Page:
Eminem 'Wanted To Connect With Radio Audience' With Recovery, Manager Says

Reaction to album 'has been gratifying' to rapper, Paul Rosenberg says.

With a five-week chart run for Recovery that shows no signs of abating and sales of 2 million just over the horizon, Eminem has been on a winning streak lately. His hit duet with Rihanna on "Love the Way You Lie" has topped charts and given Slim Shady one of the biggest non-satirical crossover pop hits of his career, but according to longtime manager Paul Rosenberg, the path to success had plenty of obstacles.

Rosenberg spoke to

target="_blank">HITS magazine and said the title of Recovery had a very literal meaning for the MC, who has openly spoken about his struggle with prescription drug addiction. After admitting that he made his 2004 album, Encore, in the throes of drug addiction and that last year's Relapse was part of the process of flushing the drugs out of his system, Recovery was about taking a step forward.

"Em was certainly gaining his footing after not being sober for awhile," Rosenberg said. "It took him a bit to get on stable ground and figure out what he wanted to do. After almost overdosing, everything looks and sounds different to you. He was really thrust back into the game and had to adjust."

Rosenberg sidestepped a question on whether he agreed with the rapper's assessment that Encore and Relapse weren't Eminem's finest work. "With respect to Relapse, we were just excited that he was focused and recording music again, that we could get the record out there and not make the fans wait any longer," he said. "And I think we accomplished that. He's a little hard on himself. Even at his worst, Eminem is still far better than most. He wants everything he does to be received on that level of excitement, wonderment and anticipation as his first couple of albums."

Saying Em was "really" smart in realizing what went wrong with those releases, Rosenberg said his star client has a clear understanding that his audience wants to connect emotionally to his music and realized he hadn't done that recently and needed to get back into that mode. "His mission was to create songs that would accomplish that. It's just good to see that when you make something great, people are still there for it. You can take a misstep, but you can still get back on track."

As for why Marshall deviated from his previous method of working with mentor Dr. Dre on Recovery, which only features one Dre production, Rosenberg said once the original plan to do a Relapse sequel was dropped, Em realized he'd turned a musical corner and wanted to keep moving in that direction.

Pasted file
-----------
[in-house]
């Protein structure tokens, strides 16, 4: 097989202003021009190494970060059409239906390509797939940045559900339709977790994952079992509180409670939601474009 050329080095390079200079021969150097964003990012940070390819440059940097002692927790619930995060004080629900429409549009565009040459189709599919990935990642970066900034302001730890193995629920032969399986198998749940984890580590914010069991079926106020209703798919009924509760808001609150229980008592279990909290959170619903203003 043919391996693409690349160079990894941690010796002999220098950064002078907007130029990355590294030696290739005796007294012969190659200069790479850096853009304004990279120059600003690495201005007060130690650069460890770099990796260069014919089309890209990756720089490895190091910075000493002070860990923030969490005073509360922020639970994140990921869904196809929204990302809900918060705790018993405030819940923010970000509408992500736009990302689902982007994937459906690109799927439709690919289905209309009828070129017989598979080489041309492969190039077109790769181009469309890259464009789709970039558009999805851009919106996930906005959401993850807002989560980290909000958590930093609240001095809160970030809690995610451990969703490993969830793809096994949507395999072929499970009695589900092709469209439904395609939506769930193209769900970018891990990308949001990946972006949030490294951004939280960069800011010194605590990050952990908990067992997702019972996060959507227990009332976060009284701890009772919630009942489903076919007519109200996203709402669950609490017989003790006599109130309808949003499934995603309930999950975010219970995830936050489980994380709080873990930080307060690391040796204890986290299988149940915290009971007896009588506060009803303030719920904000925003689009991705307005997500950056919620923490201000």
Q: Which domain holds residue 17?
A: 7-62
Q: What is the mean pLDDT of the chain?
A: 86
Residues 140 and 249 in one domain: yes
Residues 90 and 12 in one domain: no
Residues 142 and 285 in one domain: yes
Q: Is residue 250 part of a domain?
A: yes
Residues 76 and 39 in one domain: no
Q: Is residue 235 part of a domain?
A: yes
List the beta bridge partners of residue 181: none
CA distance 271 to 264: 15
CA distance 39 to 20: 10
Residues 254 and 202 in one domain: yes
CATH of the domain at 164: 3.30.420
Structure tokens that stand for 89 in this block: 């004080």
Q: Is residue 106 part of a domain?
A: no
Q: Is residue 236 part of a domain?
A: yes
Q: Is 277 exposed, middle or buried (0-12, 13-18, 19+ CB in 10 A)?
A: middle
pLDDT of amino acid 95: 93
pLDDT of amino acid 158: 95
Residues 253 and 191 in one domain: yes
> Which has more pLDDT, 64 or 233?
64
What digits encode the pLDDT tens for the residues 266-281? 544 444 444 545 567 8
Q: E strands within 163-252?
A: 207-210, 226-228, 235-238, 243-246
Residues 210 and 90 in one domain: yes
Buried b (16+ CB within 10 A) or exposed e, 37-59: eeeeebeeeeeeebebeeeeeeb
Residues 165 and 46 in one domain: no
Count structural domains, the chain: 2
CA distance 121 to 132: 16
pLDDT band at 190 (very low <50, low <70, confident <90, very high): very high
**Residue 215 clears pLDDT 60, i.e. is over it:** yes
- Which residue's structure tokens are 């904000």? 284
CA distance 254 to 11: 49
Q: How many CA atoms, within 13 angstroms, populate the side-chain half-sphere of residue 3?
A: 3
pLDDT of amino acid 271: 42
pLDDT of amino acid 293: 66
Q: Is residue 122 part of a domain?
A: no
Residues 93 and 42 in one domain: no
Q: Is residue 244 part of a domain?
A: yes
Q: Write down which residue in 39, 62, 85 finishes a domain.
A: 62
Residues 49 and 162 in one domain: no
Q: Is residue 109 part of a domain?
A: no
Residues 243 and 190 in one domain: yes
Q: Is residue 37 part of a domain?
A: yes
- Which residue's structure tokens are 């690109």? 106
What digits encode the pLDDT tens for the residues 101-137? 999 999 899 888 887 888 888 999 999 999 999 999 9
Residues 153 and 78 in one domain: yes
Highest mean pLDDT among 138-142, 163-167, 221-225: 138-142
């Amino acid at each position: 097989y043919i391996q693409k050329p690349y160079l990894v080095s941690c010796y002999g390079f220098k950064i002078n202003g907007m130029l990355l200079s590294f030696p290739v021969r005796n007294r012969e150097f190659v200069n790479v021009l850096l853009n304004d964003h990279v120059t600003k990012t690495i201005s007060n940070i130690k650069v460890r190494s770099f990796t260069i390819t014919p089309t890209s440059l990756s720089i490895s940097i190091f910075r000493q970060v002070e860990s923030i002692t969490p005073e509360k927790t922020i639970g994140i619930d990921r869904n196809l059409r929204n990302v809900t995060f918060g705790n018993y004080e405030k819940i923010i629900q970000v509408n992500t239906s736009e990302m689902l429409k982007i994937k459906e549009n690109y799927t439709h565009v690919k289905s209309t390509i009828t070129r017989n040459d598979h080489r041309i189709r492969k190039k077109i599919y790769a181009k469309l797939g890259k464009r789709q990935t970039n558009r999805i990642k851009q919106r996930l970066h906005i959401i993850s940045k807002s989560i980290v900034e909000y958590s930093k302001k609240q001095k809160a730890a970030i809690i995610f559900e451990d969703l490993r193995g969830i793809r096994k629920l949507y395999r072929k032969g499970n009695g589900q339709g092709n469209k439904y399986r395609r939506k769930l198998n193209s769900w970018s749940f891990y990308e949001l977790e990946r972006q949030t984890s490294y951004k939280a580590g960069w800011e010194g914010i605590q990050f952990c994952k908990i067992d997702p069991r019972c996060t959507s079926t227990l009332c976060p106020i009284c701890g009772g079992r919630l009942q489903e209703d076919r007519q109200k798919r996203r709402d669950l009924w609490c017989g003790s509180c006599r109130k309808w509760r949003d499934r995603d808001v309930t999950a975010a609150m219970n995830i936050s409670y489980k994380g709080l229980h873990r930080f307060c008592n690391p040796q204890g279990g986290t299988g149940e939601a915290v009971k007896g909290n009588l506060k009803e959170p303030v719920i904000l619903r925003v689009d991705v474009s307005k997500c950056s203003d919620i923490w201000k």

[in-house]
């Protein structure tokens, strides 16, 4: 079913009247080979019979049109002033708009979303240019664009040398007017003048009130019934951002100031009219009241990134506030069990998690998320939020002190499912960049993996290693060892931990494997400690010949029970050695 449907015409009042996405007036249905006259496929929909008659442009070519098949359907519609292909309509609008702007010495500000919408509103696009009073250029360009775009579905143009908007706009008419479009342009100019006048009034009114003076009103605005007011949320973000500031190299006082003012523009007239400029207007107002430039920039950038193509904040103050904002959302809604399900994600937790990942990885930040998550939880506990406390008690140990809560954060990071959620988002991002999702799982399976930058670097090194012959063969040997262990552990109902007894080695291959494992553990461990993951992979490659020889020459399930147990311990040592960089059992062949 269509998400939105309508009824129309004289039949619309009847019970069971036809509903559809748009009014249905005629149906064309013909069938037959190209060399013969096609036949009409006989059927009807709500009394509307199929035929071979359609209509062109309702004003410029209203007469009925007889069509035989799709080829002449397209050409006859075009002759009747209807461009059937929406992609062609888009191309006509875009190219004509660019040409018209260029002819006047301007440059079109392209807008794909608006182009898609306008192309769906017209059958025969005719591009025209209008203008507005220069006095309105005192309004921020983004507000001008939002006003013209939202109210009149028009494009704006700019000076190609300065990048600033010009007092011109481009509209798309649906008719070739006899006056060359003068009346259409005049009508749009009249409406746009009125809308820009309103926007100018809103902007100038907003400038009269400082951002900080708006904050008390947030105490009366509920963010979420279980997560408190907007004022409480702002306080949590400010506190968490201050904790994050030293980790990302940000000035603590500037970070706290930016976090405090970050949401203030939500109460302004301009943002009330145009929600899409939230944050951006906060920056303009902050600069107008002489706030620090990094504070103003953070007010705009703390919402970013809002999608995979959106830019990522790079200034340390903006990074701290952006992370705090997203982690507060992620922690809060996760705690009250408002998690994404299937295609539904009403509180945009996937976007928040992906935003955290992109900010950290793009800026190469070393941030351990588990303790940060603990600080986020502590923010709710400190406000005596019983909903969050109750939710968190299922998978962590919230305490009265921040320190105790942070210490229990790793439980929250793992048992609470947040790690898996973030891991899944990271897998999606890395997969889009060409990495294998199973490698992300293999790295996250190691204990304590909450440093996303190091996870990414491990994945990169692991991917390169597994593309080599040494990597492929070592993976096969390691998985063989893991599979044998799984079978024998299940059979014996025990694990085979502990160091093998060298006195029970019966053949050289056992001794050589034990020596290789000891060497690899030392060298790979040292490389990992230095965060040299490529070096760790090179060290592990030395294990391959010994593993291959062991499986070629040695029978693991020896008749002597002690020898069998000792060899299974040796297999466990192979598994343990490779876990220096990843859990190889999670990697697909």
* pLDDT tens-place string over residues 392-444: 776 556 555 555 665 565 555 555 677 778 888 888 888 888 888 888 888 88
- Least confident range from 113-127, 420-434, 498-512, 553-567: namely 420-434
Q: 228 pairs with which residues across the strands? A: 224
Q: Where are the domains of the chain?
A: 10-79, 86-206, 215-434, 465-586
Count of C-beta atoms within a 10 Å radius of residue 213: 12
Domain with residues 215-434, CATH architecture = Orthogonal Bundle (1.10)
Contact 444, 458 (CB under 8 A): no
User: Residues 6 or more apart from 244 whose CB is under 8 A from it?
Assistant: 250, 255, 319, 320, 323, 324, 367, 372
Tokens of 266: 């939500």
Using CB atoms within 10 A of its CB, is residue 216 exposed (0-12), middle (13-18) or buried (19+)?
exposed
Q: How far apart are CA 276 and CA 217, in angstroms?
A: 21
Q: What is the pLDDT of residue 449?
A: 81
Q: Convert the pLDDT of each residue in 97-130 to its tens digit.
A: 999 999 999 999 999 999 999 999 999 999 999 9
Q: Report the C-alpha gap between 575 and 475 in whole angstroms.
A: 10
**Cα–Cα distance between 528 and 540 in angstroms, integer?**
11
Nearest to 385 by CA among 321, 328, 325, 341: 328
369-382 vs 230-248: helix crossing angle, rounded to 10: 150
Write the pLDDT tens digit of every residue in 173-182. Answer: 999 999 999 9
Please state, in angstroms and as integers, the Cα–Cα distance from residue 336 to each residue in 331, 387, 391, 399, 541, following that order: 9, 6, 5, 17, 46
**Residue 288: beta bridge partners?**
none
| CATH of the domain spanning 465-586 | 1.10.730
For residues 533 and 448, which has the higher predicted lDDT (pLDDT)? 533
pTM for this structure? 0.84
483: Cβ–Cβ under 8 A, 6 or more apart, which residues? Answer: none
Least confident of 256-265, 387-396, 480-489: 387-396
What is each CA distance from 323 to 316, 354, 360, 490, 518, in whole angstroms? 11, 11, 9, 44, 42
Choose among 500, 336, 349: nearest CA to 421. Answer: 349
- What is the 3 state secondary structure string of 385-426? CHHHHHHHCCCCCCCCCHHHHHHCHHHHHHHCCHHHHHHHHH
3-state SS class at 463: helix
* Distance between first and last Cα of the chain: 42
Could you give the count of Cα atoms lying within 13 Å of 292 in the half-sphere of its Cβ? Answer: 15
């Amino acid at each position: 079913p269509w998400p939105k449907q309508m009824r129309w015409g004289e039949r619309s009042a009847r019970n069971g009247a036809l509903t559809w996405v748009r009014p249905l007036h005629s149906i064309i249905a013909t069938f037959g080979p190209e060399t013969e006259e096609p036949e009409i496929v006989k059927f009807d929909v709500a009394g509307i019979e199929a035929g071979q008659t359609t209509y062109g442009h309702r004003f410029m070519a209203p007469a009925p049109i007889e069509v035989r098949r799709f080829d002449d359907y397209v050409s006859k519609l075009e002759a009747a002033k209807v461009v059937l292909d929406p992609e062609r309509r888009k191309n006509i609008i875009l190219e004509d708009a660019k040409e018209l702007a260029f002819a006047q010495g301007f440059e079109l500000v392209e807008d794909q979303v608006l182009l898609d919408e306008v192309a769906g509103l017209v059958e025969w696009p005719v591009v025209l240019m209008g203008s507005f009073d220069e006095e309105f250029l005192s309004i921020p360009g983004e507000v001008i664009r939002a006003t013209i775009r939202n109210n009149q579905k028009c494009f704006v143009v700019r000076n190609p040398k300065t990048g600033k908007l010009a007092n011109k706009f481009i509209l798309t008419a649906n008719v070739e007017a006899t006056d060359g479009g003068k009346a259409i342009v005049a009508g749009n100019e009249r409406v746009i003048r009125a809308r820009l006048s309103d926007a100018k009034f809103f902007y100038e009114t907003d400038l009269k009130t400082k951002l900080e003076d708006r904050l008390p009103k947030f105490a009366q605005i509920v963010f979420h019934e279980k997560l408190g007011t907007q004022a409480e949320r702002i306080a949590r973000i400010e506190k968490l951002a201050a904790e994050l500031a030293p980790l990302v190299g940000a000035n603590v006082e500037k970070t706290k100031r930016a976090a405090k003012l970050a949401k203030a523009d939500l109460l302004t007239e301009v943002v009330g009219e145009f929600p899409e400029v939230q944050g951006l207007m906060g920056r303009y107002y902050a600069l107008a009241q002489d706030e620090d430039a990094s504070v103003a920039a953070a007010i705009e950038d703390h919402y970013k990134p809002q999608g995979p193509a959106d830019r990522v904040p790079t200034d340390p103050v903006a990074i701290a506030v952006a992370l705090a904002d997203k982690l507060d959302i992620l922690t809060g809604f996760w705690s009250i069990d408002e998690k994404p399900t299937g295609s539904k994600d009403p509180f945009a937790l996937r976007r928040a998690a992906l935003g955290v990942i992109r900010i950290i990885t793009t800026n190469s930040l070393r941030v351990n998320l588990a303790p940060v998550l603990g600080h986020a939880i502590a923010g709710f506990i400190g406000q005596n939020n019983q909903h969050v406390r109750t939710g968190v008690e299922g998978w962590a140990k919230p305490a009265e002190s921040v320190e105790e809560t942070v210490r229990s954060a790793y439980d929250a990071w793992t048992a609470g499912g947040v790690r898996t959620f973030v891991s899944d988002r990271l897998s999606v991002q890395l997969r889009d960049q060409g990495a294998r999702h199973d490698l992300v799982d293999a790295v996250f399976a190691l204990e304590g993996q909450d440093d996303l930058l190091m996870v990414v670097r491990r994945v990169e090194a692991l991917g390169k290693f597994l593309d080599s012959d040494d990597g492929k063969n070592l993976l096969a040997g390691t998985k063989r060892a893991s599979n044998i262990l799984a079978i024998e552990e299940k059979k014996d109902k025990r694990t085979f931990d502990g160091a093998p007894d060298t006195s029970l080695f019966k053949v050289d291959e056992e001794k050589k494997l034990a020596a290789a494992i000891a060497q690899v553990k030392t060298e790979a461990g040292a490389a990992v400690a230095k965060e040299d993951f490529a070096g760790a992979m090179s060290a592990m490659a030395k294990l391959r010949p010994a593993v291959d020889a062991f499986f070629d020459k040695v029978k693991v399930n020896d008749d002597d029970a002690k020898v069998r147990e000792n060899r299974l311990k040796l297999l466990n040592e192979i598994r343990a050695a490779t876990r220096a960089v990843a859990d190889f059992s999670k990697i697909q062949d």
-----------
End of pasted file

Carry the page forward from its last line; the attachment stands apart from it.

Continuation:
"When Em started working with Dre on sessions for the second record in Hawaii, he turned a corner artistically," Rosenberg explained. "And at that point, he wanted to keep moving in that new direction. So it was an evolution. ... By the time Marshall started focusing on making a new album, Dre was already working on his own stuff. So we reached out to Just Blaze first, worked on several tracks with him, and that opened the door to the other producers — Boi-1da, DJ Khalil. Those three are the guts of the record. It was a natural progression, a matter of timing."

Not surprisingly, Rosenberg said Em is very happy with how his latest album has been received and the smash sales he's racked up so far. "He's really happy with it," he said of the rapper, who has come out of his shell a bit to promote the album with some viral videos and rare TV appearances. "He put a lot of work into it. He thought it was what people would be looking for, so the reaction has been gratifying. That his fans love it is the most important thing to him. Em feels he let people down because he didn't give what he felt he needed to give them. That's what drove him to make this album."

As for "Love the Way You Lie" giving Slim Shady his biggest crossover hit since the "8 Mile" smash "Lose Yourself," Rosenberg said the tune was an attempt to reach that elusive wider audience. "Em wanted to connect with a radio audience this time," he said. "He realized the last time that it didn't make it all the way like he wanted it to. He certainly had that in mind making this album." For now, Rosenberg said, there are no plans for a major tour and Em will stick to the two co-headlining gigs he's got booked with Jay-Z in New York and Detroit and an appearance at the Epicenter Festival in Fontana, California. "We don't have anything else booked," he said. "He loves performing, but he doesn't love traveling, so we try to figure out a way to make that work. We'd like to find ways he can perform without going to different cities."